Revving up its raunchy, R-rated engine, this car chase caper comedy is the story of Charlie Bronson, a.k.a. Yul Perrkins (comedian Dax Shepard), a former getaway driver who impulsively breaks out of the government's Witness Protection Program to ferry his sociology professor fiancee, Annie Bean (Kristen Bell), from the tiny northern California town of Milton Valley to Los Angeles so she can interview for a `dream job' as head of an anger-management program. They're pursued by bumbling, accident-prone U.S. Marshal Randy Anson (Tom Arnold) and trying to elude vengeance-seeking Alex Dmitri (Bradley Cooper --in bleached-out dreadlocks!), the ex-con bank robber whom Yul had double-crossed by turning state's evidence and testifying against him and two gang members.
A confessed car fanatic and collector, writer/director Dax Shepard says he and his co-director David Palmer (previous collaborators on the mock documentary "Brother's Justice") were inspired by Burt Reynolds' "Smokey and the Bandit" (1997), placing Charlie and Annie in a souped-up 1967 Lincoln Continental, looking just like the sleek sedan in "The Matrix." Even though Charlie's supposed to be a former stock-car driver, he's never much of a daredevil drag-racer behind the wheel, so don't expect extravagant stunt work.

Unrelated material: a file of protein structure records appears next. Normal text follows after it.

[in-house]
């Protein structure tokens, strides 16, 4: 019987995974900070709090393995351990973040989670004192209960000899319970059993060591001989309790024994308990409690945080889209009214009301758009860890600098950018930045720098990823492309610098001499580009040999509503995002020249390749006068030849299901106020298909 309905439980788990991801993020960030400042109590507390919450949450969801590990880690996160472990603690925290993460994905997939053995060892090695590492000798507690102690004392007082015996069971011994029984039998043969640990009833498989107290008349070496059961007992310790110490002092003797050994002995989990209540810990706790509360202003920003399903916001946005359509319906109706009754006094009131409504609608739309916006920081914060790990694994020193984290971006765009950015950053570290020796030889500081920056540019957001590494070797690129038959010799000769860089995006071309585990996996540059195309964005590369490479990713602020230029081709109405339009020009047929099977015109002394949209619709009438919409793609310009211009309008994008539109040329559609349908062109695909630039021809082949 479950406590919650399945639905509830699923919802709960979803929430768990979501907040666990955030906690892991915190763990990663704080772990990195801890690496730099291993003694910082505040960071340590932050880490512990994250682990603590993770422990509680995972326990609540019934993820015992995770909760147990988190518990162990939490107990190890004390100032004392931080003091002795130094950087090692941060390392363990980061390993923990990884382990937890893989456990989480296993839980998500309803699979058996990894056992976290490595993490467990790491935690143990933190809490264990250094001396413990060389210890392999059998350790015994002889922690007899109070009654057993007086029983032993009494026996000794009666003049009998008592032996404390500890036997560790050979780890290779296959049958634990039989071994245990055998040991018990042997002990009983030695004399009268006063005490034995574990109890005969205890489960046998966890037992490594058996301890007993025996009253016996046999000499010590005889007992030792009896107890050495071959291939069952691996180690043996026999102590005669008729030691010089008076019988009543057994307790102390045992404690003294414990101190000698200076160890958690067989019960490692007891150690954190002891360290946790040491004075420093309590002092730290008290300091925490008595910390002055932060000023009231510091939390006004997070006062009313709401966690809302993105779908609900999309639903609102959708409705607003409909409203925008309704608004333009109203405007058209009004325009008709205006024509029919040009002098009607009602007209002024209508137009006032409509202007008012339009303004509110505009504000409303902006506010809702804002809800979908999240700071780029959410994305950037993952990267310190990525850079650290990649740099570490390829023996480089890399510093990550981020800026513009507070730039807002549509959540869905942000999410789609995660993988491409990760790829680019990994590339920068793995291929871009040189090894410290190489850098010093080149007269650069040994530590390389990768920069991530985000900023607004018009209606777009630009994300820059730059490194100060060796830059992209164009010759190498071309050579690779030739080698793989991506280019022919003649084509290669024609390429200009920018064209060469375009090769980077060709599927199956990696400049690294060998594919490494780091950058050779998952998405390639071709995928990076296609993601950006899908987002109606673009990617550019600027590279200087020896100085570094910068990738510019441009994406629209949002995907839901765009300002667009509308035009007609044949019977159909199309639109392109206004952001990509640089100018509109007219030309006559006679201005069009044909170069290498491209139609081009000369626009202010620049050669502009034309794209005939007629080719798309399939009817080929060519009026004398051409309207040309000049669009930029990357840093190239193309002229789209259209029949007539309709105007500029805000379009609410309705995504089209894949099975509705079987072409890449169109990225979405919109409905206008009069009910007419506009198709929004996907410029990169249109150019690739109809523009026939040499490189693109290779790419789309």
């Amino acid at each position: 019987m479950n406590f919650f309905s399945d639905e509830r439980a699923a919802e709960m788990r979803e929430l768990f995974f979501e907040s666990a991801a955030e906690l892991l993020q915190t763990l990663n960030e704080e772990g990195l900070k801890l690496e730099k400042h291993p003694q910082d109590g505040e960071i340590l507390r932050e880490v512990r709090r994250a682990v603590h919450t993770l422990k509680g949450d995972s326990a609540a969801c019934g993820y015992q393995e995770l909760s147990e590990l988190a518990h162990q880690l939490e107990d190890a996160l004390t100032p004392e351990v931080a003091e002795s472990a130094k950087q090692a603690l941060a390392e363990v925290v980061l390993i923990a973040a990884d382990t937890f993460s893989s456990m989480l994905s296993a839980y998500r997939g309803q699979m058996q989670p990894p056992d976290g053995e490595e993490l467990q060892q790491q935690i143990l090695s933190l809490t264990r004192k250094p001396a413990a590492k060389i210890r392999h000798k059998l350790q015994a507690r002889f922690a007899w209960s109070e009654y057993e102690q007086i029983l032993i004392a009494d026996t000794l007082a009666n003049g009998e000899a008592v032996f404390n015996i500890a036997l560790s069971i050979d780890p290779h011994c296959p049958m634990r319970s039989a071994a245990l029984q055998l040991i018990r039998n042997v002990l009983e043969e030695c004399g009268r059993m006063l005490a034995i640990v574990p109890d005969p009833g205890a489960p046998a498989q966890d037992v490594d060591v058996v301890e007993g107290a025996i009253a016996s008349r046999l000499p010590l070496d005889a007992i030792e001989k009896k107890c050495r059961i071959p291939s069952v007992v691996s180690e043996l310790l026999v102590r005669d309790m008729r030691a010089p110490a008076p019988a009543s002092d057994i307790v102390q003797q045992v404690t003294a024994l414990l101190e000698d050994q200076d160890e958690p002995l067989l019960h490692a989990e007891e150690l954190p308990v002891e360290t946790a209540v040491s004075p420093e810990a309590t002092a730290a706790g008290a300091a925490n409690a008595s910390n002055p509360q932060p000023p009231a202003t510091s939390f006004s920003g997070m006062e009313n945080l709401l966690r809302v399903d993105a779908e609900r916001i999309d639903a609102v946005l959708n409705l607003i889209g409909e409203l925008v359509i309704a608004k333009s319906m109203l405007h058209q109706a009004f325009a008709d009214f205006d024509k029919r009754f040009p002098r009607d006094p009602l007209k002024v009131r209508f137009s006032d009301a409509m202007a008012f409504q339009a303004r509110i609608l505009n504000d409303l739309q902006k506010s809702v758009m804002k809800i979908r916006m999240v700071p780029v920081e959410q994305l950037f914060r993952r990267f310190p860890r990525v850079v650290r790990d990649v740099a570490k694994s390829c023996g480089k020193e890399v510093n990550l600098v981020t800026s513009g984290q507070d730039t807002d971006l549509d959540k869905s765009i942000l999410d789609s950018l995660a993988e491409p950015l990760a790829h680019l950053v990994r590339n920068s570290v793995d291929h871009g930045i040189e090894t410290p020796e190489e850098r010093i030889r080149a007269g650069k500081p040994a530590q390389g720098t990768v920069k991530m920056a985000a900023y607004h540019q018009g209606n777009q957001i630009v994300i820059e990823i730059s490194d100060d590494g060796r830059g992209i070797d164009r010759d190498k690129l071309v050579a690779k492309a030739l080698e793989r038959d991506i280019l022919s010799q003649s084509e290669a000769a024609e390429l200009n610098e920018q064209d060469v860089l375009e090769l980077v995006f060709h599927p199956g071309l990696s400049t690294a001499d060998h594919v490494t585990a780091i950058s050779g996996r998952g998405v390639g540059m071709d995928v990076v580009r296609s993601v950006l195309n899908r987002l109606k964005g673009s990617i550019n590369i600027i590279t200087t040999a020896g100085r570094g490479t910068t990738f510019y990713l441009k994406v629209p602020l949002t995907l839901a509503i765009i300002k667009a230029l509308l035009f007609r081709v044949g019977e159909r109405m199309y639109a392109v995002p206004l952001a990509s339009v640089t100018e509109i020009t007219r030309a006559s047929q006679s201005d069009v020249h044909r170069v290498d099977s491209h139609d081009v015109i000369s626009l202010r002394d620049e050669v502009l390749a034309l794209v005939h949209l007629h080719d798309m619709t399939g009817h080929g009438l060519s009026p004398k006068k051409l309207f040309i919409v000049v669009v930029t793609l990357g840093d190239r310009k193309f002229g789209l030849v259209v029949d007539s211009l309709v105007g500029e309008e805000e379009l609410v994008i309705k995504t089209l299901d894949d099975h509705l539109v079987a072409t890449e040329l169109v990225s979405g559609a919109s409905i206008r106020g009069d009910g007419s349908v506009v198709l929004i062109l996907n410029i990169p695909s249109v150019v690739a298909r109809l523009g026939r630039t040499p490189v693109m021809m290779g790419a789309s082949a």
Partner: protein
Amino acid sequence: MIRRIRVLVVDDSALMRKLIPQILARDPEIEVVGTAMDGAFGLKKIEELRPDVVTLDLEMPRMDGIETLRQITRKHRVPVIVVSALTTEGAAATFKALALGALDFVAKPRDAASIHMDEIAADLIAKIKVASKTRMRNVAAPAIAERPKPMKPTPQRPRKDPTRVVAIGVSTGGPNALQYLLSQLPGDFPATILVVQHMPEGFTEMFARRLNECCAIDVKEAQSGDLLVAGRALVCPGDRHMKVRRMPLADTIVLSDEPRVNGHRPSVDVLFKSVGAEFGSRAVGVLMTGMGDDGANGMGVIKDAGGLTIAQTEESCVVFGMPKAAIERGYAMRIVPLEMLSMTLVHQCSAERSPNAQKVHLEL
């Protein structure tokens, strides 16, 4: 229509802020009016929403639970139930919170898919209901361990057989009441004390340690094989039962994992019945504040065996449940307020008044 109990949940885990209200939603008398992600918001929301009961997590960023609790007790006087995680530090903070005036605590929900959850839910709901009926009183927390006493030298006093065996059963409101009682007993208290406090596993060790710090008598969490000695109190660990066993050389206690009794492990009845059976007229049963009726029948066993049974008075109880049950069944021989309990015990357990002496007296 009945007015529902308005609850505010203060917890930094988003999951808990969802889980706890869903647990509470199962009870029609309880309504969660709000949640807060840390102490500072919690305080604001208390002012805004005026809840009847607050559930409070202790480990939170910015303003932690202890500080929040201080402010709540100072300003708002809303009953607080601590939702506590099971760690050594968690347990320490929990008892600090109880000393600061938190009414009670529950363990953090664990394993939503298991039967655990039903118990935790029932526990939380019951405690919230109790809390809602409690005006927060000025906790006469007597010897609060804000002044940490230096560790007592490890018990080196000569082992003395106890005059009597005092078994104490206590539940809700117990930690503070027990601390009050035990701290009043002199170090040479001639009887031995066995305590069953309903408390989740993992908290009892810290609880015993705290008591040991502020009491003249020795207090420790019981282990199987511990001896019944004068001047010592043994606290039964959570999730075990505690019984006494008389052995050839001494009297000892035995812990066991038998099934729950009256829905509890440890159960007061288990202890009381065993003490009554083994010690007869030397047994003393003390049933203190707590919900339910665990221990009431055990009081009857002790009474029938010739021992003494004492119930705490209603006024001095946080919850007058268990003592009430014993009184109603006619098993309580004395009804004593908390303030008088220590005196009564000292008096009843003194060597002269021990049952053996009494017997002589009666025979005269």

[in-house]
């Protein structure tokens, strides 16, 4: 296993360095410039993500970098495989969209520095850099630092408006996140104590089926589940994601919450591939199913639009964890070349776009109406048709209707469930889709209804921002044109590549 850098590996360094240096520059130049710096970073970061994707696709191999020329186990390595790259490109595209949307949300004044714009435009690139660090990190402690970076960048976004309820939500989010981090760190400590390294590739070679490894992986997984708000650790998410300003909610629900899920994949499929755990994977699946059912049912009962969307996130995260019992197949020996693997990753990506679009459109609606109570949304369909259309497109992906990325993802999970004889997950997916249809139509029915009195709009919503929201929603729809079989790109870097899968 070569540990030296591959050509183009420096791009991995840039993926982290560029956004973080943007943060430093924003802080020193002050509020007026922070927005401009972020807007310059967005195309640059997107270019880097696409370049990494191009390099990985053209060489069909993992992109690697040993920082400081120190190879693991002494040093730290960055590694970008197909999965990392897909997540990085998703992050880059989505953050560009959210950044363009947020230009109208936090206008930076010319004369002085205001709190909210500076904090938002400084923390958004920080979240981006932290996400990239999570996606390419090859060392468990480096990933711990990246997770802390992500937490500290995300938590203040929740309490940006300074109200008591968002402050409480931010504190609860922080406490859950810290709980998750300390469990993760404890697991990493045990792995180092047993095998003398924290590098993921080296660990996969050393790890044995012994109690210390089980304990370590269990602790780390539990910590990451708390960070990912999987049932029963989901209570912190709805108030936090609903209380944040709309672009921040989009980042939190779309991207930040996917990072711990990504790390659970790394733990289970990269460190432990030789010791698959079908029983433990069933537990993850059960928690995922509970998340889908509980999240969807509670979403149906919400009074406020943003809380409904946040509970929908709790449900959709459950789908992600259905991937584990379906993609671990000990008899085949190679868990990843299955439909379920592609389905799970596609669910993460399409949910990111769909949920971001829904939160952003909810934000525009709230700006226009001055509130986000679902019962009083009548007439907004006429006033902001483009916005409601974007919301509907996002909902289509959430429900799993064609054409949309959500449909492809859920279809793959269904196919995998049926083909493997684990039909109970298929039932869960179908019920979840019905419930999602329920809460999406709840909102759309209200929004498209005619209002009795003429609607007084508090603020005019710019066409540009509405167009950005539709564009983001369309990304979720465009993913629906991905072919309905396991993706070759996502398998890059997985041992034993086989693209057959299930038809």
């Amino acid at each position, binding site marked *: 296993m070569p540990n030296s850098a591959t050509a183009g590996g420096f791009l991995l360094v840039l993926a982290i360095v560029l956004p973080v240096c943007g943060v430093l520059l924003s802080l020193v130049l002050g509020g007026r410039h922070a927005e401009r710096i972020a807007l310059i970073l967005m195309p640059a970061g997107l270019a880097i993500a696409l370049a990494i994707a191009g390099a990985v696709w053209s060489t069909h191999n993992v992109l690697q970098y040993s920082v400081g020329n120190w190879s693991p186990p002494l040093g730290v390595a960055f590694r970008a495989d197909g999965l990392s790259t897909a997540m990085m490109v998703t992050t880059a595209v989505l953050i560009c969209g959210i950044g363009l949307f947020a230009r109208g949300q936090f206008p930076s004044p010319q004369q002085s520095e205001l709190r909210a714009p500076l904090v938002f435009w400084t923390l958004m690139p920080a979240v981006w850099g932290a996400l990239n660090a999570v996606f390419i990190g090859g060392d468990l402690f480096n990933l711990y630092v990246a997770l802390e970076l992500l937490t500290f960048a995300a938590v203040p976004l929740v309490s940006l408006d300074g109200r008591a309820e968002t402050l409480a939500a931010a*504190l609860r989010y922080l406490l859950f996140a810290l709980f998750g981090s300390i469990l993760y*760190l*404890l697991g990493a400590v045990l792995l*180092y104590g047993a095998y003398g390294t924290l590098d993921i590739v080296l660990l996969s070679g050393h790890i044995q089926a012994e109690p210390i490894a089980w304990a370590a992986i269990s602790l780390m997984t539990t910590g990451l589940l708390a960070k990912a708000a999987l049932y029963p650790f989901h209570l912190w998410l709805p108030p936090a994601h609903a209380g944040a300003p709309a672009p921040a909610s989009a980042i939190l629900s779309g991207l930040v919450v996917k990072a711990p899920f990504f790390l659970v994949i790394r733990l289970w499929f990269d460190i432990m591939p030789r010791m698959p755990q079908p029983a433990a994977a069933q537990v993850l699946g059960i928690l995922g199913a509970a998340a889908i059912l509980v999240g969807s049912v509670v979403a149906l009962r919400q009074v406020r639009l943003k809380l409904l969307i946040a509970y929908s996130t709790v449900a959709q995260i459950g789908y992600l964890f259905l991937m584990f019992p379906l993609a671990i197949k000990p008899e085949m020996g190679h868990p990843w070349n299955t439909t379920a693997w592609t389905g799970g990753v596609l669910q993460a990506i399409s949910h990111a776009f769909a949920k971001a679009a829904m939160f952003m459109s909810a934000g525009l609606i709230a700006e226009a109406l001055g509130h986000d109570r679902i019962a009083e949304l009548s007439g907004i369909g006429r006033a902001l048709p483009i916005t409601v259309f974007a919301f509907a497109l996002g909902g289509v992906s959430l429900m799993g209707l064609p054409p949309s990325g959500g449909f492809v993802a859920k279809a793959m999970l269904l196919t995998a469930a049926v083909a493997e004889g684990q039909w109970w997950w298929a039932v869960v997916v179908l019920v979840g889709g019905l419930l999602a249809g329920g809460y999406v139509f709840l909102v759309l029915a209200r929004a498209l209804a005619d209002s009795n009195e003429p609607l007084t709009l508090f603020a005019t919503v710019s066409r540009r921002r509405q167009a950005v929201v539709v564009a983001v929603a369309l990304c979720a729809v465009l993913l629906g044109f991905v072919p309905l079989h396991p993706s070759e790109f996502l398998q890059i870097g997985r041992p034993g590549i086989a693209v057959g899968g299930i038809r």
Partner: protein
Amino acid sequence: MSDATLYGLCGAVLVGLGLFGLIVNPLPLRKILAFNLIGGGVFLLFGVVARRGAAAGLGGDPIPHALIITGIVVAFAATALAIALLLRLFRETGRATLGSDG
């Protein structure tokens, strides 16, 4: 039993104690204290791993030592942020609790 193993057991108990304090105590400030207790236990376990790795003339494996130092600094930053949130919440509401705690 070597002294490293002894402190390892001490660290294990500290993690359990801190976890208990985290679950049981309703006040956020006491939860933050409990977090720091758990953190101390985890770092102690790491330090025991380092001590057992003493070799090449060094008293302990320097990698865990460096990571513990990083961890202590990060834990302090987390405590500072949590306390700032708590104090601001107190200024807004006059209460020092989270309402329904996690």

Real-life partners, Shepard (TV's "Parenthood") and Bell ("Forgetting Sarah Marshall") spin an affectionate romantic chemistry, and there's amiably raucous, profanity-laden repartee among the eccentric, easy-going ensemble that includes Kristin Chenoweth as Bell's well-meaning, pill-popping boss; Beau Bridges as Charlie's obnoxious dad; Joy Bryant (Shepard's "Parenthood" co-star) as Alex's girlfriend and Charlie's ex; and Michael Rosenbaum as Annie's pathologically jealous ex-boyfriend with Jess Rowland as his gay cop brother.
For those who enjoy cinematic gaffes, watch carefully
during the opening scene in which Randy is driving to Charlie Bronson's house. He's talk-
ing on an iPhone that he's
holding upside-down, which is not too difficult to spot since the lock button and headphone
jack are visibly near his
On the Granger Movie Gauge of 1 to10, "Hit & Run" is a silly, sputtering 6, screeching some lowbrow, low-budget laughs before it runs out of gas.